When people ask me to name my favorite flower, I always say, “Whatever is in bloom.” However, there’s one plant that self-seeds all over my yard that I pull up whenever I see it, even when it is in flower—and that is spiderwort.
It’s a native, too, which should ensure preferential treatment. It was one of those plants that was taken to England from America and named after the King’s gardener John Tradescant the Elder. His son, who succeeded him as king’s gardener, brought it to England from Virginia along with Virginia creeper. The common name for Tradescantia is spiderwort because it was originally misclassified as a member of a group of English plants that were supposed to cure spider bites but actually didn’t.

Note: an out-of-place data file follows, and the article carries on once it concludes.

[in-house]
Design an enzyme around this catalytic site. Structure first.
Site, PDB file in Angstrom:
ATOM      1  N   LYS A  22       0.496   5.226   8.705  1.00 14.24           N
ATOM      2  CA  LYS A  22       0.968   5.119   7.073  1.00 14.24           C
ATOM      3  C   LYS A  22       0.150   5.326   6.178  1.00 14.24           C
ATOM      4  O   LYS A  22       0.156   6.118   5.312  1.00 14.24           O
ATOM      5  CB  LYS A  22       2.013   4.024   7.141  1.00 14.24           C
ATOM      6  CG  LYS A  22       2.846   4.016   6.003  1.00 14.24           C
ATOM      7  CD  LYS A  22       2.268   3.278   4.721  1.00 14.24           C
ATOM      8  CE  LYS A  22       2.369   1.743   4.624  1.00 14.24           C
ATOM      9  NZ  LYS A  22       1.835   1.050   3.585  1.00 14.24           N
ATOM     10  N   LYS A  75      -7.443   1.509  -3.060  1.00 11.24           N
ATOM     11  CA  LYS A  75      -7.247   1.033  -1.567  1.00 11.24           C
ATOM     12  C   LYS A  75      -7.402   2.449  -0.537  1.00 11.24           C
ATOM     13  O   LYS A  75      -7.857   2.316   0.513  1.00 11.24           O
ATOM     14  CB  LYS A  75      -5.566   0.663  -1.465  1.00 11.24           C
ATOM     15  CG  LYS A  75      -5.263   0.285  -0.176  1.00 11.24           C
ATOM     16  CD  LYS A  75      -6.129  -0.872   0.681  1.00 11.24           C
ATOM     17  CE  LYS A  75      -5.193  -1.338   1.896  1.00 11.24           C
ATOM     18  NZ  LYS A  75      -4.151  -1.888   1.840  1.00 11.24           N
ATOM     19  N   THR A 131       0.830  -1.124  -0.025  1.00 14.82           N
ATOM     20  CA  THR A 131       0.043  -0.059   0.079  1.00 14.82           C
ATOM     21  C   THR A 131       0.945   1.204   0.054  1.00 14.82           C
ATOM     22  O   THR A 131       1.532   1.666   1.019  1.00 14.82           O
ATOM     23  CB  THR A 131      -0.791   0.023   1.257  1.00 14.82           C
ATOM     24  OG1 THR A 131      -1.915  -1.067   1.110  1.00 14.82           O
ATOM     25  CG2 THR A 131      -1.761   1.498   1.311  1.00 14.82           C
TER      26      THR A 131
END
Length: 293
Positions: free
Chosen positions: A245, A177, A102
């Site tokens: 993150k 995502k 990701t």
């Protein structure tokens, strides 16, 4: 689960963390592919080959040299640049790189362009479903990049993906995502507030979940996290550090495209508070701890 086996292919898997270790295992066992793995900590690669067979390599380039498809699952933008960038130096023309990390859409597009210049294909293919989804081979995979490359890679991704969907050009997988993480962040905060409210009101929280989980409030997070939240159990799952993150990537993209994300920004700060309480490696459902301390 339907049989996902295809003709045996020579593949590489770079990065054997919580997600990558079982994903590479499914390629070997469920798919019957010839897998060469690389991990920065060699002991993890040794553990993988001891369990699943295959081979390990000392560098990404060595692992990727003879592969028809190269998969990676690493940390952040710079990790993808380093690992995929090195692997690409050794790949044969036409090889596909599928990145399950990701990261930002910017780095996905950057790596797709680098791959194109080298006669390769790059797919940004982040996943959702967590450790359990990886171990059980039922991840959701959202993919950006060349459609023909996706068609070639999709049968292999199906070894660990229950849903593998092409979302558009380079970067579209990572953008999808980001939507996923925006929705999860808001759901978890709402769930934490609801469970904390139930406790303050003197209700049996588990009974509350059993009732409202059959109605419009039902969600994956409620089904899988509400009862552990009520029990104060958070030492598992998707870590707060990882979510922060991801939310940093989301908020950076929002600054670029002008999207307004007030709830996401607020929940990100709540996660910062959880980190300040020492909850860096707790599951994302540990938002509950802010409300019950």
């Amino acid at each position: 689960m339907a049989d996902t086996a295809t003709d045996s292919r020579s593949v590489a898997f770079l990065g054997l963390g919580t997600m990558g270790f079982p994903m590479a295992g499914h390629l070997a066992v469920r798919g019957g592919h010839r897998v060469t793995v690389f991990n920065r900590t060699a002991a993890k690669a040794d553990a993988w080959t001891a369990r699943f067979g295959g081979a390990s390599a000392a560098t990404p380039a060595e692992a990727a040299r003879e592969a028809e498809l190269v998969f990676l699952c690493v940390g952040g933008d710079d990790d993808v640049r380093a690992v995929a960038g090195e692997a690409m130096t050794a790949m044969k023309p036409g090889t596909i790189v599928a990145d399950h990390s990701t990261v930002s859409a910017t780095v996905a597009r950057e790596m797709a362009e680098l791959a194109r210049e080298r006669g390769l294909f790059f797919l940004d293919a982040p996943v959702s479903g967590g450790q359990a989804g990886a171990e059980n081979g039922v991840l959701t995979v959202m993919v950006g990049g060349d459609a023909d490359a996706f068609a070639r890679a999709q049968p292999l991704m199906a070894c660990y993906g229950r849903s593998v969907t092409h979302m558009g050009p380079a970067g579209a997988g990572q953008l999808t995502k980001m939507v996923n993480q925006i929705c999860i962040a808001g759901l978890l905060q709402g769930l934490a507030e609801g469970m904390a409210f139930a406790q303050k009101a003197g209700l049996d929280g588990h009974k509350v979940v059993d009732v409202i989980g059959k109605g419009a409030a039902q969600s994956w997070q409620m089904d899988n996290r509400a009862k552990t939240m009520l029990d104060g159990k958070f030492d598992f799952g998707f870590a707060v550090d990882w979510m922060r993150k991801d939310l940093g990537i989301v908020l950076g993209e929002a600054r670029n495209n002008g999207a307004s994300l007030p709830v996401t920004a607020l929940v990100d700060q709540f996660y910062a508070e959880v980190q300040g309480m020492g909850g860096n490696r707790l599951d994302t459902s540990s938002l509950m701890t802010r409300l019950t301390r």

Now to why I dislike it:
- It has an irritating sap.
- It self-seeds with abandon.
- It's no good as a cut flower.
- It closes up in the afternoons.
I also think its foliage and form look messy and droopy among other flowers in a mixed bed.
One of this plant’s common names is widow’s tears because instead of the flowers dying or shriveling up, spiderwort has an enzyme that causes its blooms to dissolve into a wet blob.
Some newer varieties with chartreuse foliage are now available…but not in my garden.